“You shouldn’t have taken him. And I trust you’re not going to do it again.”

Ben doesn’t pause for Tony to confirm or deny, running a hand back through his hair the same way Peter does, without the typical nerves (or maybe there are nerves, there, that Tony can’t see. If they are there, Ben hides them far better than Peter). “He’s an incredible kid. Best damn kid in the whole world, and you’re gonna agree with me because it’s my kid and you’re not stupid.”

“Best damn kid in the whole world,” Tony repeats, and Ben does actually smile at him this time because he knows Tony means it, that he didn’t just say it for Ben’s benefit. How could he deny it? Spend five minutes in the kid’s orbit, you’d be blind not to see it. But the smile - it’s not fake, it’s definitely real, and Tony still can’t get over how damn calm Ben is.

“Glad we’re on the same page.” Ben folds his hands – hands that look like Tony’s hands, hands that have worked, every day of his life.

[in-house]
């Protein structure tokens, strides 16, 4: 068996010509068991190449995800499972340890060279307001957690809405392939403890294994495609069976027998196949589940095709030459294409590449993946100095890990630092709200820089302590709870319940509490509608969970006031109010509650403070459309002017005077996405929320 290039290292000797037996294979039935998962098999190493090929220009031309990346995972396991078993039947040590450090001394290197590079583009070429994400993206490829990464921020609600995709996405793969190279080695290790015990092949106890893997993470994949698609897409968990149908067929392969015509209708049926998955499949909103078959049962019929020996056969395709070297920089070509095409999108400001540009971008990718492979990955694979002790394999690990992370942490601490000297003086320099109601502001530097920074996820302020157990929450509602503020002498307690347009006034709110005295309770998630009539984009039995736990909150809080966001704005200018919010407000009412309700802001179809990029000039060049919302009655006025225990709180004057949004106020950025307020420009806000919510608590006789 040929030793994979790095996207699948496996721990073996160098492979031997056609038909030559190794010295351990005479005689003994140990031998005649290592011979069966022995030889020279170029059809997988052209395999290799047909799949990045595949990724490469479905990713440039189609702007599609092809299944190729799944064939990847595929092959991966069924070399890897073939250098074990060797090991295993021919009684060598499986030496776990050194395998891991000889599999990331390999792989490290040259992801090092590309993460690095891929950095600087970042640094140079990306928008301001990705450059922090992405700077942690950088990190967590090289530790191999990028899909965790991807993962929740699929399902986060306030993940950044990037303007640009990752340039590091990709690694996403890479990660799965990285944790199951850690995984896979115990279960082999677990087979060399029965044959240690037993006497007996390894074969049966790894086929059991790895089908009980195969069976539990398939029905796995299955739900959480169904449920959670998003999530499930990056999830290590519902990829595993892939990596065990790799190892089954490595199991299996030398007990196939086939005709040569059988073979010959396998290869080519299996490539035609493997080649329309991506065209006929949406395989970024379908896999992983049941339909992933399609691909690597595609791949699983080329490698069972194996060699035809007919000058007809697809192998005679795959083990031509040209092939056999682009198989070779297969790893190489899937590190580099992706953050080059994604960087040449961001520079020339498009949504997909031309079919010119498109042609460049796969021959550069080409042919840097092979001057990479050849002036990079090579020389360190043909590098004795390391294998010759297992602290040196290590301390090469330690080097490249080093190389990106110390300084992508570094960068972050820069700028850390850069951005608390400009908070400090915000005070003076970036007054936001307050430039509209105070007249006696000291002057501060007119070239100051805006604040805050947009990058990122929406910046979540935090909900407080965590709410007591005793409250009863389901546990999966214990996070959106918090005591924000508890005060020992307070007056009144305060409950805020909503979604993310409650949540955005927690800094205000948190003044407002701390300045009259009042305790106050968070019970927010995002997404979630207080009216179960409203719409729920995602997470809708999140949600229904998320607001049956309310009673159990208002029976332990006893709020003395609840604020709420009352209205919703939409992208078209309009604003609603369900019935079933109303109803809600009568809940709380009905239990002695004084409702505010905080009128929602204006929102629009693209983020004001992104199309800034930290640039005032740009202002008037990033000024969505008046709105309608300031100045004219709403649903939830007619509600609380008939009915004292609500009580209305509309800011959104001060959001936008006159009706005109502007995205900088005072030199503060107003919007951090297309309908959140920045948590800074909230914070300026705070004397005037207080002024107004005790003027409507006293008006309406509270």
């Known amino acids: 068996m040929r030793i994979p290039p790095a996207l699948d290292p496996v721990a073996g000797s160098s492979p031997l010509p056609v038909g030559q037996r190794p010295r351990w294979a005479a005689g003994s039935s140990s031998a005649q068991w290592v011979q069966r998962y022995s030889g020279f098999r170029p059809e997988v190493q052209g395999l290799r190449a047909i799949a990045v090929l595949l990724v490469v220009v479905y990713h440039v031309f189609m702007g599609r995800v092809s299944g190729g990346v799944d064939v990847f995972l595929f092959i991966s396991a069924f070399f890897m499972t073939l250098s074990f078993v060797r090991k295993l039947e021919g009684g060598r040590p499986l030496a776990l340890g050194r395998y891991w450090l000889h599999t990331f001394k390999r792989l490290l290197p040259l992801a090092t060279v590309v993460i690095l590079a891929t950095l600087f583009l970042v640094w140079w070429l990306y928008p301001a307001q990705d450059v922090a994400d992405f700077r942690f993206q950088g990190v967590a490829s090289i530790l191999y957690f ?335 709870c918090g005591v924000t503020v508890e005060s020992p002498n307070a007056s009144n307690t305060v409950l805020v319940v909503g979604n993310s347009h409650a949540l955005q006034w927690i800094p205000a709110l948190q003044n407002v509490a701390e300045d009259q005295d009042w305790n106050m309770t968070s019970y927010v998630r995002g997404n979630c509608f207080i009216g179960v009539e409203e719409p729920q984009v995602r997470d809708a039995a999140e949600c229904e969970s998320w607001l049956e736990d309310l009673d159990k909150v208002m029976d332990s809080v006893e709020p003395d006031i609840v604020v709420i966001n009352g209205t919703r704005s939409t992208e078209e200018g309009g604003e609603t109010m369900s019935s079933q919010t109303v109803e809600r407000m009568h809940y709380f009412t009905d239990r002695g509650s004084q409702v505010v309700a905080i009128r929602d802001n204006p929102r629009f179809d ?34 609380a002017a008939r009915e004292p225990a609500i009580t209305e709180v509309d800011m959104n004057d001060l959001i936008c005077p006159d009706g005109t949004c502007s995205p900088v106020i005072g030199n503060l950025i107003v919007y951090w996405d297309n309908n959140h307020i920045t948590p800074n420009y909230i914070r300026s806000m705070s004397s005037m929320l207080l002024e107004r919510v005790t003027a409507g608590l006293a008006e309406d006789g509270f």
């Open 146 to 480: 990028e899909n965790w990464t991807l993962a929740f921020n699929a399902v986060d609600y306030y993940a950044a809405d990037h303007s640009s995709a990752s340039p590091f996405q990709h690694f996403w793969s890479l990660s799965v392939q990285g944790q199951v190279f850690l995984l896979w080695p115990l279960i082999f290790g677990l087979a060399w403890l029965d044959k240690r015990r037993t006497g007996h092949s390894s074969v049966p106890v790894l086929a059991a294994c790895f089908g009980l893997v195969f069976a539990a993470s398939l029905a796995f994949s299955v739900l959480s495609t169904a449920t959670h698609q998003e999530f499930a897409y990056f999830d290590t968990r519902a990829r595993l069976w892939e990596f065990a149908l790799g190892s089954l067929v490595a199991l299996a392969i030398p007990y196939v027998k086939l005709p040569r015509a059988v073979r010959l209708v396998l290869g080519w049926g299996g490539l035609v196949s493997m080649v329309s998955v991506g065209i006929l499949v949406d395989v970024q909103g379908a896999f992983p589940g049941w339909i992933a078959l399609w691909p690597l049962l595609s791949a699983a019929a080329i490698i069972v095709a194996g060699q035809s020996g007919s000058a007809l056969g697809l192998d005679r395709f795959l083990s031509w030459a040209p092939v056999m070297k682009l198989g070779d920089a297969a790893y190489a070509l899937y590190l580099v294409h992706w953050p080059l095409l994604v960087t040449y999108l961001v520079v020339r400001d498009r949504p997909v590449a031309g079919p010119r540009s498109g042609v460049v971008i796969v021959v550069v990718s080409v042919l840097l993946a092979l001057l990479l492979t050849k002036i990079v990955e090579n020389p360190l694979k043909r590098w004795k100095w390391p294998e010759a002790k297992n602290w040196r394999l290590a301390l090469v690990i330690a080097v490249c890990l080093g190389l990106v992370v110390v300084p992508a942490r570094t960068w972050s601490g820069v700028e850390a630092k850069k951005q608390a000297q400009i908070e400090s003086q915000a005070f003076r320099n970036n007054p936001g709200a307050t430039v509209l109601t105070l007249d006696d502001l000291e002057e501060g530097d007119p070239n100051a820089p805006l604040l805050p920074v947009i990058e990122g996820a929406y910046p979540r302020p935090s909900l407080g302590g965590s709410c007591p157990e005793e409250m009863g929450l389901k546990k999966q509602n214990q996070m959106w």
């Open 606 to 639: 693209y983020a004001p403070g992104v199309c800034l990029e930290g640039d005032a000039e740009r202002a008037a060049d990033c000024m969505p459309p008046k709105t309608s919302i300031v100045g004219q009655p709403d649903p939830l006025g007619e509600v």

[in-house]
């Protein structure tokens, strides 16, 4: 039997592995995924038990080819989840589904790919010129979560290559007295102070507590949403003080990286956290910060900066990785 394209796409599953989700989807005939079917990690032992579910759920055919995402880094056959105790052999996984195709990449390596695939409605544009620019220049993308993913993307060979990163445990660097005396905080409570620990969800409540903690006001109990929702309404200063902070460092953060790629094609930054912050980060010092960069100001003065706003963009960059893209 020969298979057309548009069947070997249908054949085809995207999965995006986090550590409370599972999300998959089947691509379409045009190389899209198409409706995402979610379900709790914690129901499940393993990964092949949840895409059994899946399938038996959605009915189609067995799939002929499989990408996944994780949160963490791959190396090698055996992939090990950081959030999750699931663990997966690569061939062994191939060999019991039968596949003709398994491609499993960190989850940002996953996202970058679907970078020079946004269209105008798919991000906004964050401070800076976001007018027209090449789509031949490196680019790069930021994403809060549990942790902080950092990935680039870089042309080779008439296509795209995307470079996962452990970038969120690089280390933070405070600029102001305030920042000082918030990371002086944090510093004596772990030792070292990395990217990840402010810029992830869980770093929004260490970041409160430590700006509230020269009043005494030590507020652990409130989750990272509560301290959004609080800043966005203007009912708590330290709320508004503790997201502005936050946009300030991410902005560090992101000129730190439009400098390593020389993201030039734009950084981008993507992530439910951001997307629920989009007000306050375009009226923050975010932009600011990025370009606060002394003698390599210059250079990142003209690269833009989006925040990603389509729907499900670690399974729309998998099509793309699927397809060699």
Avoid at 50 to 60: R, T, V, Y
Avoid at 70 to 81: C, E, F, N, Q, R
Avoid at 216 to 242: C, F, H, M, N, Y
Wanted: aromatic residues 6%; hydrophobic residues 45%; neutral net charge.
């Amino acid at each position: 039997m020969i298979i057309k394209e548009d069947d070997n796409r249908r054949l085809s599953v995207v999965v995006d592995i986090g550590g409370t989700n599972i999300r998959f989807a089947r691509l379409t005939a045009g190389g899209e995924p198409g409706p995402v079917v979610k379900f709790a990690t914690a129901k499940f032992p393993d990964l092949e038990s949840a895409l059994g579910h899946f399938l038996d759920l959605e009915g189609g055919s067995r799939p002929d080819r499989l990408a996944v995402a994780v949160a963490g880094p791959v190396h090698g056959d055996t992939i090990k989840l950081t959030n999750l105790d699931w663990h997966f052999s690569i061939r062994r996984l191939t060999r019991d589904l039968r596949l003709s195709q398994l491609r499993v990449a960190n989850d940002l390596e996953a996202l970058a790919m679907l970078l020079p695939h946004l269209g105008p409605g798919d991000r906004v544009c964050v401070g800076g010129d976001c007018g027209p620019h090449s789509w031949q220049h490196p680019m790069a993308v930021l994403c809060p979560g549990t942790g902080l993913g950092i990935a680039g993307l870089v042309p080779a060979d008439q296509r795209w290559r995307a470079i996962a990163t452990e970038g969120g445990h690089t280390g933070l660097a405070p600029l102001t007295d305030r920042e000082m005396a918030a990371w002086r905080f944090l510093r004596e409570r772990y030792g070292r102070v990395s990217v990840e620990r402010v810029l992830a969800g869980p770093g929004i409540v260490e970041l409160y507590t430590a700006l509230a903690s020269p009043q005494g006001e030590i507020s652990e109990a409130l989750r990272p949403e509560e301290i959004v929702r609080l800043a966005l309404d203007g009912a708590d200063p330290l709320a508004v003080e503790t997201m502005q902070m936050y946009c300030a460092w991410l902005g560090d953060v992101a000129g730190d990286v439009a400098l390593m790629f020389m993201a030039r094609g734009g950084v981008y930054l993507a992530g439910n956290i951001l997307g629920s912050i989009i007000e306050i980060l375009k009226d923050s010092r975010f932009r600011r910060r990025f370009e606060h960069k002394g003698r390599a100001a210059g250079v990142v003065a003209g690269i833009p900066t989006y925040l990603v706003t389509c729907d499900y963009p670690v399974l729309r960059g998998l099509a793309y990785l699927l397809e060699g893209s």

(In another world, May’s hands shake with rage, then the all-too-familiar fear, and Tony covers them with his own. It’s not much, but at least they can shake together.)

“But he ain’t safe,” This is the first time Ben’s looked troubled, his brow furrowing slightly, and he leans forward a little. “He’s not safe, people dropping buildings on him – “

“Someone dropped a building on him?” Tony interrupts with such ferocity that Ben blinks, and nods slowly. He rounds on F.R.I.D.A.Y., already tapping out the commands on his keyboard. “Pull up the Baby Monitor Fri, show me when the hell Parker had a building dropped on him!”